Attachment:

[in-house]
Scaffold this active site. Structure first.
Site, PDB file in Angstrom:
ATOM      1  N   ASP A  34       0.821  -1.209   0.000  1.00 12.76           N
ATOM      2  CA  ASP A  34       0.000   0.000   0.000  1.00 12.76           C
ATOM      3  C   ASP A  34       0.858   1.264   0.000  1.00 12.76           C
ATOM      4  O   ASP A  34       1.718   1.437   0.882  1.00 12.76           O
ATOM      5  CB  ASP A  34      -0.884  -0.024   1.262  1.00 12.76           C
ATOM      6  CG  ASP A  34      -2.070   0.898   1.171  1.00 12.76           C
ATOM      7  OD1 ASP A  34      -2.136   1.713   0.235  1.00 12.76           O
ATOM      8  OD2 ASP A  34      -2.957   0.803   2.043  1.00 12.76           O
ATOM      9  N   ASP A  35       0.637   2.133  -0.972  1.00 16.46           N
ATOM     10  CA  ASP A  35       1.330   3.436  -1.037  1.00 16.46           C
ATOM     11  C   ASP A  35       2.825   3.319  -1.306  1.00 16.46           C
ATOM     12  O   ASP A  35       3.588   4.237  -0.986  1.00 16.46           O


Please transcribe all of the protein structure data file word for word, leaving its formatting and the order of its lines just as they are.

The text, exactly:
[in-house]
Scaffold this active site. Structure first.
Site, PDB file in Angstrom:
ATOM      1  N   ASP A  34       0.821  -1.209   0.000  1.00 12.76           N
ATOM      2  CA  ASP A  34       0.000   0.000   0.000  1.00 12.76           C
ATOM      3  C   ASP A  34       0.858   1.264   0.000  1.00 12.76           C
ATOM      4  O   ASP A  34       1.718   1.437   0.882  1.00 12.76           O
ATOM      5  CB  ASP A  34      -0.884  -0.024   1.262  1.00 12.76           C
ATOM      6  CG  ASP A  34      -2.070   0.898   1.171  1.00 12.76           C
ATOM      7  OD1 ASP A  34      -2.136   1.713   0.235  1.00 12.76           O
ATOM      8  OD2 ASP A  34      -2.957   0.803   2.043  1.00 12.76           O
ATOM      9  N   ASP A  35       0.637   2.133  -0.972  1.00 16.46           N
ATOM     10  CA  ASP A  35       1.330   3.436  -1.037  1.00 16.46           C
ATOM     11  C   ASP A  35       2.825   3.319  -1.306  1.00 16.46           C
ATOM     12  O   ASP A  35       3.588   4.237  -0.986  1.00 16.46           O